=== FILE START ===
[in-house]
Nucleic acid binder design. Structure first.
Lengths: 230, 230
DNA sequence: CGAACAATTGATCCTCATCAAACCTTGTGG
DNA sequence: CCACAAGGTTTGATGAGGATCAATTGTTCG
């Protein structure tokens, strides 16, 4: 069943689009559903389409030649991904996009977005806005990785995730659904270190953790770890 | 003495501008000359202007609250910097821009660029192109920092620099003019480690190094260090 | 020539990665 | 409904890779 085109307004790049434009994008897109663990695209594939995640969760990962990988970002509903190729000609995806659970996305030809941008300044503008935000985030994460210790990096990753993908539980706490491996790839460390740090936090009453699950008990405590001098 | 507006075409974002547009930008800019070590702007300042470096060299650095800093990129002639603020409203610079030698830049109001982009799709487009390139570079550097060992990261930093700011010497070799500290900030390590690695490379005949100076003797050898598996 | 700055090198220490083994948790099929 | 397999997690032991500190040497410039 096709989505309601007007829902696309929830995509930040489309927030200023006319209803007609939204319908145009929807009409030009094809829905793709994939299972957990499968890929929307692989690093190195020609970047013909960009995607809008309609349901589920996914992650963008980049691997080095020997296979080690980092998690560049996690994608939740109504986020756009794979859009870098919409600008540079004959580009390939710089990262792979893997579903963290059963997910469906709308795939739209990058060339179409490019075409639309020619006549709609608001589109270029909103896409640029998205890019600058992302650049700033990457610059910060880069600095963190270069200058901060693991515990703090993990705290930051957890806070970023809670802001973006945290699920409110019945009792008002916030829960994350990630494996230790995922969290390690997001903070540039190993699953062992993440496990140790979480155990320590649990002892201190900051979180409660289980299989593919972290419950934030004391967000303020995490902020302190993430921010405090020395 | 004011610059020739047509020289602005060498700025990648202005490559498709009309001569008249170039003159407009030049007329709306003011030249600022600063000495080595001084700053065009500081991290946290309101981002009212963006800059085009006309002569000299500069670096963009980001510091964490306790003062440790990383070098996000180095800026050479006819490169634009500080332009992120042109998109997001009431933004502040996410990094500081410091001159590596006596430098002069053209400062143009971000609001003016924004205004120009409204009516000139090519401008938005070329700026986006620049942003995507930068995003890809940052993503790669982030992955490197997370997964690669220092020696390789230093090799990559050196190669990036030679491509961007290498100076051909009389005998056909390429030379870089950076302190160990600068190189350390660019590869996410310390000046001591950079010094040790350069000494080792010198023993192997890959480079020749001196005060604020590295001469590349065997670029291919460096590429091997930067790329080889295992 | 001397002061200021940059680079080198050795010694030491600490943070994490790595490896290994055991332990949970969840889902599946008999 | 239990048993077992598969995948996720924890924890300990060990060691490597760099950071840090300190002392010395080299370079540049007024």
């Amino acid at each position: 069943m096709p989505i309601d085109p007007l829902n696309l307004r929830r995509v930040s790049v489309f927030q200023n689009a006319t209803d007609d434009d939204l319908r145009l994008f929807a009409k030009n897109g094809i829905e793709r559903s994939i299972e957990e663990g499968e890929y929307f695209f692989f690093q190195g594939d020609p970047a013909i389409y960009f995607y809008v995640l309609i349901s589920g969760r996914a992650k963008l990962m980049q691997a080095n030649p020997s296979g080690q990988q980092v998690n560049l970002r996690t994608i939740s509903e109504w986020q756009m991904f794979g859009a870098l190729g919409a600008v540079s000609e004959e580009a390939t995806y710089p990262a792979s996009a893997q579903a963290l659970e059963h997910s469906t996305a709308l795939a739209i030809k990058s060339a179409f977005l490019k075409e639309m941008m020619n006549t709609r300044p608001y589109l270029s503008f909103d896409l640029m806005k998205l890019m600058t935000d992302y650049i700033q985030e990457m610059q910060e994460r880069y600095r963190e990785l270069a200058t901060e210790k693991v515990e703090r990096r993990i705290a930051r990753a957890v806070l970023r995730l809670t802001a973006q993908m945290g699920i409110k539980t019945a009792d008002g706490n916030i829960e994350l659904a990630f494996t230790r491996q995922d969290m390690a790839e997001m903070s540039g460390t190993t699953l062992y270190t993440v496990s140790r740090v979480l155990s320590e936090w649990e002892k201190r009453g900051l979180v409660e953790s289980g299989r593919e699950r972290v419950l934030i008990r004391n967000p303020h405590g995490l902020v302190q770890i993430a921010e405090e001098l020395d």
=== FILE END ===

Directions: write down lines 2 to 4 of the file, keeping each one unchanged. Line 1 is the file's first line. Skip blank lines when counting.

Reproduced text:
Nucleic acid binder design. Structure first.
Lengths: 230, 230
DNA sequence: CGAACAATTGATCCTCATCAAACCTTGTGG